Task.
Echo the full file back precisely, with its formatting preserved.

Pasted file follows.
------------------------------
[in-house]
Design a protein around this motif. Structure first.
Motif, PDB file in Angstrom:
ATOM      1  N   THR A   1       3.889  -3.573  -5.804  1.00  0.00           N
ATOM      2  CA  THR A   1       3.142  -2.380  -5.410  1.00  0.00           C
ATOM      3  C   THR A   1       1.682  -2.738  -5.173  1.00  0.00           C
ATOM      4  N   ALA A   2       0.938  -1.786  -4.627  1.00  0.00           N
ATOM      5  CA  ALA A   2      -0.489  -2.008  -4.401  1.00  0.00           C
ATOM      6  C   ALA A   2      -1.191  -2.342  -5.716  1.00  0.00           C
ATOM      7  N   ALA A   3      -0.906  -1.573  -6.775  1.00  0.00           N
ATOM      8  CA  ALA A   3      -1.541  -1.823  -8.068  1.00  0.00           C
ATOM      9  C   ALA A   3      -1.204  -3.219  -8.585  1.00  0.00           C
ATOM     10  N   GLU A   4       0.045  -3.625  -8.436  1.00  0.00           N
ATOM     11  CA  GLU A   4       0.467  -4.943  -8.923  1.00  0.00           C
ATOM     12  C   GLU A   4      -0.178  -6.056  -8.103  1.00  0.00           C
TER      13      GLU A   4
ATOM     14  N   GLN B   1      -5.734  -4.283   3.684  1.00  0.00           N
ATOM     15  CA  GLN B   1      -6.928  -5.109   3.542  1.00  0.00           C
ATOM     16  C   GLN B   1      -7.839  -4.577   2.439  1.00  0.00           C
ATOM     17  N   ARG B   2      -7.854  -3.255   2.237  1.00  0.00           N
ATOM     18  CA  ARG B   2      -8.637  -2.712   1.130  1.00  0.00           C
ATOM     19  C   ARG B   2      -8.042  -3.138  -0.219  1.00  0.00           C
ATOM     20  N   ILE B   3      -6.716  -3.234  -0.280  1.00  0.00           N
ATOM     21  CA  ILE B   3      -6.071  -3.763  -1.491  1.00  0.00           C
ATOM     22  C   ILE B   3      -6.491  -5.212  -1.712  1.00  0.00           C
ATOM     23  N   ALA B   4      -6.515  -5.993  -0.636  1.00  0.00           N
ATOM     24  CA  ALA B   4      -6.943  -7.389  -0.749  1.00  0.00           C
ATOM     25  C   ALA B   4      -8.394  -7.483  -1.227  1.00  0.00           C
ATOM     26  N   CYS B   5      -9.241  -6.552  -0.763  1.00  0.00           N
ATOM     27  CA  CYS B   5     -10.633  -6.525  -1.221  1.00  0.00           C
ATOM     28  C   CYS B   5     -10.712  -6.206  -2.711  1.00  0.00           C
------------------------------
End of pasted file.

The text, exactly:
[in-house]
Design a protein around this motif. Structure first.
Motif, PDB file in Angstrom:
ATOM      1  N   THR A   1       3.889  -3.573  -5.804  1.00  0.00           N
ATOM      2  CA  THR A   1       3.142  -2.380  -5.410  1.00  0.00           C
ATOM      3  C   THR A   1       1.682  -2.738  -5.173  1.00  0.00           C
ATOM      4  N   ALA A   2       0.938  -1.786  -4.627  1.00  0.00           N
ATOM      5  CA  ALA A   2      -0.489  -2.008  -4.401  1.00  0.00           C
ATOM      6  C   ALA A   2      -1.191  -2.342  -5.716  1.00  0.00           C
ATOM      7  N   ALA A   3      -0.906  -1.573  -6.775  1.00  0.00           N
ATOM      8  CA  ALA A   3      -1.541  -1.823  -8.068  1.00  0.00           C
ATOM      9  C   ALA A   3      -1.204  -3.219  -8.585  1.00  0.00           C
ATOM     10  N   GLU A   4       0.045  -3.625  -8.436  1.00  0.00           N
ATOM     11  CA  GLU A   4       0.467  -4.943  -8.923  1.00  0.00           C
ATOM     12  C   GLU A   4      -0.178  -6.056  -8.103  1.00  0.00           C
TER      13      GLU A   4
ATOM     14  N   GLN B   1      -5.734  -4.283   3.684  1.00  0.00           N
ATOM     15  CA  GLN B   1      -6.928  -5.109   3.542  1.00  0.00           C
ATOM     16  C   GLN B   1      -7.839  -4.577   2.439  1.00  0.00           C
ATOM     17  N   ARG B   2      -7.854  -3.255   2.237  1.00  0.00           N
ATOM     18  CA  ARG B   2      -8.637  -2.712   1.130  1.00  0.00           C
ATOM     19  C   ARG B   2      -8.042  -3.138  -0.219  1.00  0.00           C
ATOM     20  N   ILE B   3      -6.716  -3.234  -0.280  1.00  0.00           N
ATOM     21  CA  ILE B   3      -6.071  -3.763  -1.491  1.00  0.00           C
ATOM     22  C   ILE B   3      -6.491  -5.212  -1.712  1.00  0.00           C
ATOM     23  N   ALA B   4      -6.515  -5.993  -0.636  1.00  0.00           N
ATOM     24  CA  ALA B   4      -6.943  -7.389  -0.749  1.00  0.00           C
ATOM     25  C   ALA B   4      -8.394  -7.483  -1.227  1.00  0.00           C
ATOM     26  N   CYS B   5      -9.241  -6.552  -0.763  1.00  0.00           N
ATOM     27  CA  CYS B   5     -10.633  -6.525  -1.221  1.00  0.00           C
ATOM     28  C   CYS B   5     -10.712  -6.206  -2.711  1.00  0.00           C